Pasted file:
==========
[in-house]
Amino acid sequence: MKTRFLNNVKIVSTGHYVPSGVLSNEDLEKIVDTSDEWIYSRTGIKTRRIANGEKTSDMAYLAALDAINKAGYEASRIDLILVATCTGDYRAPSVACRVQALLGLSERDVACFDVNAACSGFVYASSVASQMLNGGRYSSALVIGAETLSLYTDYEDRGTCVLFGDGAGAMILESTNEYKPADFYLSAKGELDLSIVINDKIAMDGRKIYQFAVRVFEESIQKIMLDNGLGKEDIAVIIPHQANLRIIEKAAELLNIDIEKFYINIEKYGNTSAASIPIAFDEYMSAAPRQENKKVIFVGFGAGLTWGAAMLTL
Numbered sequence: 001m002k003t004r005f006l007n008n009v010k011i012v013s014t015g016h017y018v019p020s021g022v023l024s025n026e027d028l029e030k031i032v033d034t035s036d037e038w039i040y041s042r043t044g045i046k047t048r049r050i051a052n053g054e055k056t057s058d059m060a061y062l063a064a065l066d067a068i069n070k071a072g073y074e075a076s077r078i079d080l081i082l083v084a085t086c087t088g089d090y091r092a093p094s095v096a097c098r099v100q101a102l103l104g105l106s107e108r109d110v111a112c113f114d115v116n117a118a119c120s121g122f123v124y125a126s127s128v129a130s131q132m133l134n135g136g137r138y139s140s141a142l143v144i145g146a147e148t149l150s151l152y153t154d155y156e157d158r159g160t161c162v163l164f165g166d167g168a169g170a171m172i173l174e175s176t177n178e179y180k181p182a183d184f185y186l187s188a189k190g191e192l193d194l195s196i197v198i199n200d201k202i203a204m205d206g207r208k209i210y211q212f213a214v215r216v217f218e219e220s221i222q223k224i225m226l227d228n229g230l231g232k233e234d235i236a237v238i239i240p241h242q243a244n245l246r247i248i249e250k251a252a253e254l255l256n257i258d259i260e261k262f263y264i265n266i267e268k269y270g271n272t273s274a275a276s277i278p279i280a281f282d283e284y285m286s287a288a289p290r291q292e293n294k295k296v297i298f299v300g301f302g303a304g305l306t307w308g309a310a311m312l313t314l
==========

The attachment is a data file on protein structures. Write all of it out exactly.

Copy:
[in-house]
Amino acid sequence: MKTRFLNNVKIVSTGHYVPSGVLSNEDLEKIVDTSDEWIYSRTGIKTRRIANGEKTSDMAYLAALDAINKAGYEASRIDLILVATCTGDYRAPSVACRVQALLGLSERDVACFDVNAACSGFVYASSVASQMLNGGRYSSALVIGAETLSLYTDYEDRGTCVLFGDGAGAMILESTNEYKPADFYLSAKGELDLSIVINDKIAMDGRKIYQFAVRVFEESIQKIMLDNGLGKEDIAVIIPHQANLRIIEKAAELLNIDIEKFYINIEKYGNTSAASIPIAFDEYMSAAPRQENKKVIFVGFGAGLTWGAAMLTL
Numbered sequence: 001m002k003t004r005f006l007n008n009v010k011i012v013s014t015g016h017y018v019p020s021g022v023l024s025n026e027d028l029e030k031i032v033d034t035s036d037e038w039i040y041s042r043t044g045i046k047t048r049r050i051a052n053g054e055k056t057s058d059m060a061y062l063a064a065l066d067a068i069n070k071a072g073y074e075a076s077r078i079d080l081i082l083v084a085t086c087t088g089d090y091r092a093p094s095v096a097c098r099v100q101a102l103l104g105l106s107e108r109d110v111a112c113f114d115v116n117a118a119c120s121g122f123v124y125a126s127s128v129a130s131q132m133l134n135g136g137r138y139s140s141a142l143v144i145g146a147e148t149l150s151l152y153t154d155y156e157d158r159g160t161c162v163l164f165g166d167g168a169g170a171m172i173l174e175s176t177n178e179y180k181p182a183d184f185y186l187s188a189k190g191e192l193d194l195s196i197v198i199n200d201k202i203a204m205d206g207r208k209i210y211q212f213a214v215r216v217f218e219e220s221i222q223k224i225m226l227d228n229g230l231g232k233e234d235i236a237v238i239i240p241h242q243a244n245l246r247i248i249e250k251a252a253e254l255l256n257i258d259i260e261k262f263y264i265n266i267e268k269y270g271n272t273s274a275a276s277i278p279i280a281f282d283e284y285m286s287a288a289p290r291q292e293n294k295k296v297i298f299v300g301f302g303a304g305l306t307w308g309a310a311m312l313t314l